Under applicable Supreme Court precedent, the Constitution does not categorically and permanently immunize a President for obstructing justice through the use of his Article II powers. The separation-of-powers doctrine authorizes Congress to protect official proceedings, including those of courts and grand juries, from corrupt, obstructive acts regardless of their source. We also concluded that any inroad on presidential authority that would occur from prohibiting corrupt acts does not undermine the President’s ability to fulfill his constitutional mission. The term “corruptly” sets a demanding standard. It requires a concrete showing that a person acted with an intent to obtain an improper advantage for himself or someone else, inconsistent with official duty and the rights of others. A preclusion of “corrupt” official action does not diminish the President’s ability to exercise Article II powers. For example, the proper supervision of criminal law does not demand freedom for the President to act with a corrupt intention of shielding himself from criminal punishment, avoiding financial liability, or preventing personal embarrassment. To the contrary, a statute that prohibits official action undertaken for such corrupt purposes furthers, rather than hinders, the impartial and evenhanded administration of the law. It also aligns with the President’s constitutional duty to faithfully execute the laws. Finally, we concluded that in the rare case in which a criminal investigation of the President’s conduct is justified, inquiries to determine whether the President acted for a corrupt motive should not permissibly chill his performance of his constitutionally assigned duties. The conclusion that Congress may apply the obstruction laws to the President’s corrupt exercise of the powers of office accords with our constitutional system of checks and balances and the principle that no person is above the law.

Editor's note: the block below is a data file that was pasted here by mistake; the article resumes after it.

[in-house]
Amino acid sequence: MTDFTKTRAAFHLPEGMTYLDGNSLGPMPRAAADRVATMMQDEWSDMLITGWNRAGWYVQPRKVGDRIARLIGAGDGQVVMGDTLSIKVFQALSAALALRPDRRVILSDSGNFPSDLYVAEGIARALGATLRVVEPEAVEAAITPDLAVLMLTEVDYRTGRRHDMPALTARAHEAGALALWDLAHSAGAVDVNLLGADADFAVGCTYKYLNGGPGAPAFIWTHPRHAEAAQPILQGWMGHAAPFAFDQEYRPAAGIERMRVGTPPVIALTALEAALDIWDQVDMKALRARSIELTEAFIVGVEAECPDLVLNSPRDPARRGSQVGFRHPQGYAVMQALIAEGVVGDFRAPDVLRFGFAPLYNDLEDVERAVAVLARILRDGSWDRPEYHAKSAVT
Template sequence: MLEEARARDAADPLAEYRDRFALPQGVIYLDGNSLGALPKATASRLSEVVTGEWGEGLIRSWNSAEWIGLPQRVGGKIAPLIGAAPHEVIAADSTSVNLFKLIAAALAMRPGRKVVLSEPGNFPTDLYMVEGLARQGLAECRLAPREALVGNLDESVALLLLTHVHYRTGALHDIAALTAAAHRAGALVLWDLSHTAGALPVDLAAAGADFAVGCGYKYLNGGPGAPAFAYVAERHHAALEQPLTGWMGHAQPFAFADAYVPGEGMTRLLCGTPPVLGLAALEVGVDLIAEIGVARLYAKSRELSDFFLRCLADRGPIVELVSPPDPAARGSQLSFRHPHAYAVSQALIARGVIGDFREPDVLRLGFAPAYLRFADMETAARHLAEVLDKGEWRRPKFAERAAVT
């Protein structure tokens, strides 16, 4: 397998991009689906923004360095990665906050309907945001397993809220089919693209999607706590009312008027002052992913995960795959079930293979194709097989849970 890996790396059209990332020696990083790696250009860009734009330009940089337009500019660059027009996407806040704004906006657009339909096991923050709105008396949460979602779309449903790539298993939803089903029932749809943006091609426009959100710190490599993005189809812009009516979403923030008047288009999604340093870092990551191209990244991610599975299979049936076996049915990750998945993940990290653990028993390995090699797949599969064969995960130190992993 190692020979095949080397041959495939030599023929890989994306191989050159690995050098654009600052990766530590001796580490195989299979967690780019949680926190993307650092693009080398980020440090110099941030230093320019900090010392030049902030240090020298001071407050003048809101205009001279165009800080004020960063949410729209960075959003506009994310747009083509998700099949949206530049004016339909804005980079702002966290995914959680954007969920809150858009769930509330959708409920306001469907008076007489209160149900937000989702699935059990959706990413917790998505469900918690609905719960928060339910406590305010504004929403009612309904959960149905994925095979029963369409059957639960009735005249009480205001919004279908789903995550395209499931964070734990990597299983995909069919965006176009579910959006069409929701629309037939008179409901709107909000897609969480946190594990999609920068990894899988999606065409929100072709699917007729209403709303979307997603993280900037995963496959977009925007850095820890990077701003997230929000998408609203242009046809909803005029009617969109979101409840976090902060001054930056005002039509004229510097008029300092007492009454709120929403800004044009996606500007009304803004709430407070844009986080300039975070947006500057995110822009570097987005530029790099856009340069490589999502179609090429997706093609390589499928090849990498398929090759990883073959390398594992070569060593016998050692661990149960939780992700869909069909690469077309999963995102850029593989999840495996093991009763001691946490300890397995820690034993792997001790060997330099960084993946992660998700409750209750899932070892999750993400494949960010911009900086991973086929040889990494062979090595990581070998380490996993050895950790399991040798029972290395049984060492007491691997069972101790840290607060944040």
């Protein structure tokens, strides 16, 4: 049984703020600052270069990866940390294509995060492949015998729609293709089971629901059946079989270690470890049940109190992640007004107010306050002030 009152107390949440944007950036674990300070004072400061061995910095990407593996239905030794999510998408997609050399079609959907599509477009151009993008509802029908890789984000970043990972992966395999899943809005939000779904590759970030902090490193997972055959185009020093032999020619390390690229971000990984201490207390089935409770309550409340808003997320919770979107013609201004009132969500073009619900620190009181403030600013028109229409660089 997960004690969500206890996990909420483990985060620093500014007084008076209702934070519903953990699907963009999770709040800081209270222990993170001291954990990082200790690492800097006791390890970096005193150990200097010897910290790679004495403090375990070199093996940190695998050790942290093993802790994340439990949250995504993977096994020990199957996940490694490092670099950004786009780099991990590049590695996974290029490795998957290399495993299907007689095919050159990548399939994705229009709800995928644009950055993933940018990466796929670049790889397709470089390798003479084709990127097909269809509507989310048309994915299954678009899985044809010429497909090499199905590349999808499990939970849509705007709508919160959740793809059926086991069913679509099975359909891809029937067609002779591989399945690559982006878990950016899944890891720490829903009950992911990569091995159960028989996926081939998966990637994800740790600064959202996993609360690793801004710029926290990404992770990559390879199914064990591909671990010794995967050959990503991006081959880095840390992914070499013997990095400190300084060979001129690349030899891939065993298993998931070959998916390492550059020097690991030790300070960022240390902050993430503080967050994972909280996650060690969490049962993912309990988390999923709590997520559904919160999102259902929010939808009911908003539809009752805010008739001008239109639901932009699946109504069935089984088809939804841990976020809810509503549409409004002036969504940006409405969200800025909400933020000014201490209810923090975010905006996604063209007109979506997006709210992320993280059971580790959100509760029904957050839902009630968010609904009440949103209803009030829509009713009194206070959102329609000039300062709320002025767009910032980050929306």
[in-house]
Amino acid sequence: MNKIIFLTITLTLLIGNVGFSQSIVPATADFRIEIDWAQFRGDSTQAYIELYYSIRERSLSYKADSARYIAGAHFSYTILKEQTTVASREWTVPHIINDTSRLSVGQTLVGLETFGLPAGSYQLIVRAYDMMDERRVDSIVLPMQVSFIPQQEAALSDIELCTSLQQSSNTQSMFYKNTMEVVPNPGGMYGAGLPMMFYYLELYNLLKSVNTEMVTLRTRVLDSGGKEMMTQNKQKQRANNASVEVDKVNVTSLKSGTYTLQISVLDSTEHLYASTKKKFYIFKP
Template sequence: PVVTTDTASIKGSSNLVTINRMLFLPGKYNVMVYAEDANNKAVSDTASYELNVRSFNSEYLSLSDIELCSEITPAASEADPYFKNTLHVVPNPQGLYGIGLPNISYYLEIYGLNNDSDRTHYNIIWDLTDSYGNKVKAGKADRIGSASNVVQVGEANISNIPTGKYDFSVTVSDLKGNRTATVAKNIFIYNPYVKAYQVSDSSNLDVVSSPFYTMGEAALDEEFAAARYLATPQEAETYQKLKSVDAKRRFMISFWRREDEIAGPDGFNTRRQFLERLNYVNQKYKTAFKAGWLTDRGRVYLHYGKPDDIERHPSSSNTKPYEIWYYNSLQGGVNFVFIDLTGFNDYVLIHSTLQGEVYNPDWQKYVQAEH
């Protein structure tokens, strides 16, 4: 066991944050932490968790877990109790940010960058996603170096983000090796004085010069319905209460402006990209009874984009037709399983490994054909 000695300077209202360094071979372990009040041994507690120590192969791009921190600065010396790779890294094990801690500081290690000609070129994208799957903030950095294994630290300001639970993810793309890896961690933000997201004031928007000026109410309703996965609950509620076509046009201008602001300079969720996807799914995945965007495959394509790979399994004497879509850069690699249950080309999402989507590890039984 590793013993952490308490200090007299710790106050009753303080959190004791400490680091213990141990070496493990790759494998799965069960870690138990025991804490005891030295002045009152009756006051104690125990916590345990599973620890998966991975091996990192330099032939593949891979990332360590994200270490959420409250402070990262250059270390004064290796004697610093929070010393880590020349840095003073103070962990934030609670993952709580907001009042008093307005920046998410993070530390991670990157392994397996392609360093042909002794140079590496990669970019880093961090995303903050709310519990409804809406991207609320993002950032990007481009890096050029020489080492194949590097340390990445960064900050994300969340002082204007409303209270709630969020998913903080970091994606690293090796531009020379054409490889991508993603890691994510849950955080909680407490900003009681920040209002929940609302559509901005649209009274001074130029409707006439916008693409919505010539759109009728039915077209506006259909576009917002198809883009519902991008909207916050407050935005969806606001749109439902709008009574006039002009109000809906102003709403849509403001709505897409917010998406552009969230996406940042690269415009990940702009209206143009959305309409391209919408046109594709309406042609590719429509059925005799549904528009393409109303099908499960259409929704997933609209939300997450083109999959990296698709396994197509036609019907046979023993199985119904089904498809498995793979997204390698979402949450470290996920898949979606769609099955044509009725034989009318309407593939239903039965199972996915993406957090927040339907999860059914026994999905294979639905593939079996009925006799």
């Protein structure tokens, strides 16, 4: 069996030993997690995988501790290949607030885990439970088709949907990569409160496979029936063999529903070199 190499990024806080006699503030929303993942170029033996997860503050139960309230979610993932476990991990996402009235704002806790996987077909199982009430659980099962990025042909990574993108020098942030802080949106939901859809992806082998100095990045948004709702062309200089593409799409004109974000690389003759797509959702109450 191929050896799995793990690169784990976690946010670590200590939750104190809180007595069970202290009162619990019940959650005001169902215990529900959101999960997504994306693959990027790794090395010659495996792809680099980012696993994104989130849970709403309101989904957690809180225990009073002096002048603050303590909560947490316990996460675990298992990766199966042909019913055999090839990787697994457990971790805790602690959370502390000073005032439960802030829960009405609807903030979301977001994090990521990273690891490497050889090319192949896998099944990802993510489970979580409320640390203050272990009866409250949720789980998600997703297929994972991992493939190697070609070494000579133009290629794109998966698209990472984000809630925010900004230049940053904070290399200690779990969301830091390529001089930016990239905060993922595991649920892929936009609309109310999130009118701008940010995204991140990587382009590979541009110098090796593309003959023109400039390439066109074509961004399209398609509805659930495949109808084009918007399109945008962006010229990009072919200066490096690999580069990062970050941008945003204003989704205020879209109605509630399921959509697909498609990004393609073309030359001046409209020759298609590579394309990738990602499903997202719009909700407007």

This paragraph is so important because it lays out why the obstruction portion of the report matters. Attorney General Bill Barr has dismissed the obstruction charges, saying that because Mueller didn’t make a determination about whether Trump committed a crime, it was up to him as the head of the Justice Department to make that call.

Posted by alwaysinasnit | Thu Apr 18, 2019, 06:06 PM (6 replies)

Why tRump is desperate to hide the Mueller report and his tax returns

From David Cay Johnston's DCReport


What the FBI May Have on Trump

What FBI agents know, or might know, about Trump’s financial dealings during the years he worked with Sater would be of immense concern to Trump, especially if he laundered money for Russian-speaking individuals or their organizations.

The documents also help explain why Trump falsely testified under oath in a civil case that he barely knows Sater, even though the two men worked closely together for years. Trump gave the mobster an office in the Trump Organization suite in Trump Tower after he was sentenced, just a few doors down from his own office, said Michael Cohen, who was for years Trump’s lawyer and fixer.
Posted by alwaysinasnit | Tue Apr 9, 2019, 02:35 PM (4 replies)